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Fine Art and Creative Reuse: Robert Rauschenberg's Work

Robert Rauschenberg, Tampa Clay Piece

Robert Rauschenberg (American, 1925-2008), Tampa Clay Piece, 1972. Est. $1,800-2,200

Next time you come across an empty cardboard box, take a close look at it before you find a trash can– or better yet, a recycling bin. Does the box look like art?

It very well could be considered fine art, especially by someone like artist Robert Rauschenberg.

“Tampa Clay Piece” (1972) isn’t actually made out of cardboard. This work is a fired and silkscreened ceramic, but it derives from Robert Rauschenberg’s long-standing practice of creative reuse. It was inspired by Rauschenberg’s move to Captiva, Florida, where he found the cardboard box to be the most common type of waste on the street.

Tampa Clay Piece” will be offered as Lot 157 with an estimate of $1,800-2,200 in Skinner’s upcoming fine art auction.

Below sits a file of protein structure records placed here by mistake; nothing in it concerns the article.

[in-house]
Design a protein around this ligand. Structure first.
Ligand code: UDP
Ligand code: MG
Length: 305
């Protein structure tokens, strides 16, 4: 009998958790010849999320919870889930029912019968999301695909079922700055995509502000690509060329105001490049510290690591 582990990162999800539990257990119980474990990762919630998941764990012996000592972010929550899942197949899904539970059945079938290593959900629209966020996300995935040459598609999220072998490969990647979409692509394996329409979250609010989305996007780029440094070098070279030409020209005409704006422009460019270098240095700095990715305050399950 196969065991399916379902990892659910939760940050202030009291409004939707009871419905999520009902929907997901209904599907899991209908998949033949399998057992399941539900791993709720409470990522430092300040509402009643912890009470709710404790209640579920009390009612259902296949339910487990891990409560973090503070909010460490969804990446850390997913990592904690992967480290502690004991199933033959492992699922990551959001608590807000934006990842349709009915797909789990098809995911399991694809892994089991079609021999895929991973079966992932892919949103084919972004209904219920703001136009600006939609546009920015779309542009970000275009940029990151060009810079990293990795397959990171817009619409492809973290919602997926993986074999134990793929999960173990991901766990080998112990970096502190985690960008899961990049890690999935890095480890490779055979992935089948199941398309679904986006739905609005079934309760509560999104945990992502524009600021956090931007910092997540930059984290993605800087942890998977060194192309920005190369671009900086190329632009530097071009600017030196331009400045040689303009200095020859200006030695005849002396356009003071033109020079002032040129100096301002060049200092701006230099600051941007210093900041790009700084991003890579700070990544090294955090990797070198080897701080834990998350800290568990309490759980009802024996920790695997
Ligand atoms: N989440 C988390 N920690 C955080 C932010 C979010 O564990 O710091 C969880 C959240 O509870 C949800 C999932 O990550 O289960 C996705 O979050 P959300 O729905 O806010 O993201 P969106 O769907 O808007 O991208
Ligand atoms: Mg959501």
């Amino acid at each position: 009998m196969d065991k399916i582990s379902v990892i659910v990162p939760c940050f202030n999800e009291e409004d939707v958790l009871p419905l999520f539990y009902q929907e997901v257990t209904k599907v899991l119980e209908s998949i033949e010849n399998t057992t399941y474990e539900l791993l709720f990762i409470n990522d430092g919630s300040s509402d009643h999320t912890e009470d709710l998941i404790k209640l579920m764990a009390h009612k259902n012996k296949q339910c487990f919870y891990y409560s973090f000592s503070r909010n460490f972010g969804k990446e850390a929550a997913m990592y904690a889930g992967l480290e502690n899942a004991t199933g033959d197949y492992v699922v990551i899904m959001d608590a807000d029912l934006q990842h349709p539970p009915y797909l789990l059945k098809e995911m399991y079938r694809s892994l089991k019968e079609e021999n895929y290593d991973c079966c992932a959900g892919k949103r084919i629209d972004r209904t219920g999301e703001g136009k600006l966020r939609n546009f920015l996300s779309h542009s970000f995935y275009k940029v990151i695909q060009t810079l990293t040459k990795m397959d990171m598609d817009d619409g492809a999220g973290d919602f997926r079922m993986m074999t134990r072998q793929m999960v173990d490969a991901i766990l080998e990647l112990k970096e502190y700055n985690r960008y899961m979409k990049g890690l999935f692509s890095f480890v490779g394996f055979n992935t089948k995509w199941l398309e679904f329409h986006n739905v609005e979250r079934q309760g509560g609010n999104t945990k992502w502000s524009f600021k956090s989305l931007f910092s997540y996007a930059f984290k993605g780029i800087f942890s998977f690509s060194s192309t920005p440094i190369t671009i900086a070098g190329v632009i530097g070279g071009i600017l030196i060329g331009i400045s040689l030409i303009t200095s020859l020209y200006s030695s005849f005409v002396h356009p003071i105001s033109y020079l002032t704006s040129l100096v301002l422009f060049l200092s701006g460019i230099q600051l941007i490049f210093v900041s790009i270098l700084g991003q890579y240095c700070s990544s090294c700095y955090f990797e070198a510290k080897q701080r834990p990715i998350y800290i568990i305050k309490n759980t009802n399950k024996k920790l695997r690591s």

Rauschenberg’s works of modern art are characterized by the re-appropriation of found objects and images. In the mid-1950s to early 1960s, he developed a series of Combines, which incorporated bits of waste gathered from his walks through New York City streets.

These Combines blurred the boundary between two-dimensional art and sculpture, but they also had a social dimension. For Rauschenberg, they were about the joy of discovery and re-discovery, giving back, and taking his role as a temporary custodian of materials in the world seriously. The present work relates to his Combines and is part of a series he began in 1971 called Cardboards.

“Tampa Clay Piece” (1972) reminds us that through creativity, one has the power to transform the ordinary into the extraordinary. Look for the work in our upcoming American and European Paintings and Prints auction on May 20th.

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